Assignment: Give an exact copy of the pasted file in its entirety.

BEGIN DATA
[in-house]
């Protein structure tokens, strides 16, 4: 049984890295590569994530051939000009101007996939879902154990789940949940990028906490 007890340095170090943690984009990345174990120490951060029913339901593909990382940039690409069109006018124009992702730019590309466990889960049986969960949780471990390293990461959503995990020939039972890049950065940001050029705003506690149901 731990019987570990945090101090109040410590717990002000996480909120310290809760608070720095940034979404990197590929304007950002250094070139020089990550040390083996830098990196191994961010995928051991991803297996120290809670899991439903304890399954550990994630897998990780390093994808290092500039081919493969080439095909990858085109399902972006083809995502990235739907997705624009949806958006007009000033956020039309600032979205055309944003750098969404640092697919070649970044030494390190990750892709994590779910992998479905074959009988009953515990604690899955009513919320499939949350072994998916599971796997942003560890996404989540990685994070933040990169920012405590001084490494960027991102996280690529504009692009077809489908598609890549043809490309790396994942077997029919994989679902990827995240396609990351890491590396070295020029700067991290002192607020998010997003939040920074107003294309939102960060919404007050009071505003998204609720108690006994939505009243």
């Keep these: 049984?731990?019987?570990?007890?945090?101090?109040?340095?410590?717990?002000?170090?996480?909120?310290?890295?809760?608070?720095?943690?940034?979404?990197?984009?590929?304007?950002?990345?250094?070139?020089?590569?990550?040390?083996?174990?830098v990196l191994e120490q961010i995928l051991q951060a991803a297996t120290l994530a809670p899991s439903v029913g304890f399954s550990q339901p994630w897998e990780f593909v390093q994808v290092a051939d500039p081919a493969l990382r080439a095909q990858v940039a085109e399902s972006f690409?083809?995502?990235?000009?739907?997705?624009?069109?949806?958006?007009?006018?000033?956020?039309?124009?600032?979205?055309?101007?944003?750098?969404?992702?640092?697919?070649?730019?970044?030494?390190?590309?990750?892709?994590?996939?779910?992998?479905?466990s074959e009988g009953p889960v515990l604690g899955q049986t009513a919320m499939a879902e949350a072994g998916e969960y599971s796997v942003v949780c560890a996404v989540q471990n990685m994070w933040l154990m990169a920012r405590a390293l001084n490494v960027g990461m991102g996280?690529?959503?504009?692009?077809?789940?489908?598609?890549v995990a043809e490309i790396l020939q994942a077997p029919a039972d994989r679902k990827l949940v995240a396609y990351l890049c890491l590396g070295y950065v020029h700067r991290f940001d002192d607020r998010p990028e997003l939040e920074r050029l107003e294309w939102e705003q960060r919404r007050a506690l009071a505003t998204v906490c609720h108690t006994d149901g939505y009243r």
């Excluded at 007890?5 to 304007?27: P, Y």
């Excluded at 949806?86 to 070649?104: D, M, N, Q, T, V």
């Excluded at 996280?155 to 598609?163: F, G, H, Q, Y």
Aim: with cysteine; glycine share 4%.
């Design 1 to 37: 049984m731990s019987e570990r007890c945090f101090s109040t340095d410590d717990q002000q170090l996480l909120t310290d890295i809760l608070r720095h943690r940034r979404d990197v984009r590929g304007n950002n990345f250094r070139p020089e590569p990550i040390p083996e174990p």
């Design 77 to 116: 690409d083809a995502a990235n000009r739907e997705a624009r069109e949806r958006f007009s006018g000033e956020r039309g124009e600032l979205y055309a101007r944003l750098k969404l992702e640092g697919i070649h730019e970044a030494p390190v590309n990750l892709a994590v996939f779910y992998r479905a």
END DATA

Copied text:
[in-house]
């Protein structure tokens, strides 16, 4: 049984890295590569994530051939000009101007996939879902154990789940949940990028906490 007890340095170090943690984009990345174990120490951060029913339901593909990382940039690409069109006018124009992702730019590309466990889960049986969960949780471990390293990461959503995990020939039972890049950065940001050029705003506690149901 731990019987570990945090101090109040410590717990002000996480909120310290809760608070720095940034979404990197590929304007950002250094070139020089990550040390083996830098990196191994961010995928051991991803297996120290809670899991439903304890399954550990994630897998990780390093994808290092500039081919493969080439095909990858085109399902972006083809995502990235739907997705624009949806958006007009000033956020039309600032979205055309944003750098969404640092697919070649970044030494390190990750892709994590779910992998479905074959009988009953515990604690899955009513919320499939949350072994998916599971796997942003560890996404989540990685994070933040990169920012405590001084490494960027991102996280690529504009692009077809489908598609890549043809490309790396994942077997029919994989679902990827995240396609990351890491590396070295020029700067991290002192607020998010997003939040920074107003294309939102960060919404007050009071505003998204609720108690006994939505009243």
């Keep these: 049984?731990?019987?570990?007890?945090?101090?109040?340095?410590?717990?002000?170090?996480?909120?310290?890295?809760?608070?720095?943690?940034?979404?990197?984009?590929?304007?950002?990345?250094?070139?020089?590569?990550?040390?083996?174990?830098v990196l191994e120490q961010i995928l051991q951060a991803a297996t120290l994530a809670p899991s439903v029913g304890f399954s550990q339901p994630w897998e990780f593909v390093q994808v290092a051939d500039p081919a493969l990382r080439a095909q990858v940039a085109e399902s972006f690409?083809?995502?990235?000009?739907?997705?624009?069109?949806?958006?007009?006018?000033?956020?039309?124009?600032?979205?055309?101007?944003?750098?969404?992702?640092?697919?070649?730019?970044?030494?390190?590309?990750?892709?994590?996939?779910?992998?479905?466990s074959e009988g009953p889960v515990l604690g899955q049986t009513a919320m499939a879902e949350a072994g998916e969960y599971s796997v942003v949780c560890a996404v989540q471990n990685m994070w933040l154990m990169a920012r405590a390293l001084n490494v960027g990461m991102g996280?690529?959503?504009?692009?077809?789940?489908?598609?890549v995990a043809e490309i790396l020939q994942a077997p029919a039972d994989r679902k990827l949940v995240a396609y990351l890049c890491l590396g070295y950065v020029h700067r991290f940001d002192d607020r998010p990028e997003l939040e920074r050029l107003e294309w939102e705003q960060r919404r007050a506690l009071a505003t998204v906490c609720h108690t006994d149901g939505y009243r």
């Excluded at 007890?5 to 304007?27: P, Y």
């Excluded at 949806?86 to 070649?104: D, M, N, Q, T, V």
């Excluded at 996280?155 to 598609?163: F, G, H, Q, Y």
Aim: with cysteine; glycine share 4%.
């Design 1 to 37: 049984m731990s019987e570990r007890c945090f101090s109040t340095d410590d717990q002000q170090l996480l909120t310290d890295i809760l608070r720095h943690r940034r979404d990197v984009r590929g304007n950002n990345f250094r070139p020089e590569p990550i040390p083996e174990p």
């Design 77 to 116: 690409d083809a995502a990235n000009r739907e997705a624009r069109e949806r958006f007009s006018g000033e956020r039309g124009e600032l979205y055309a101007r944003l750098k969404l992702e640092g697919i070649h730019e970044a030494p390190v590309n990750l892709a994590v996939f779910y992998r479905a």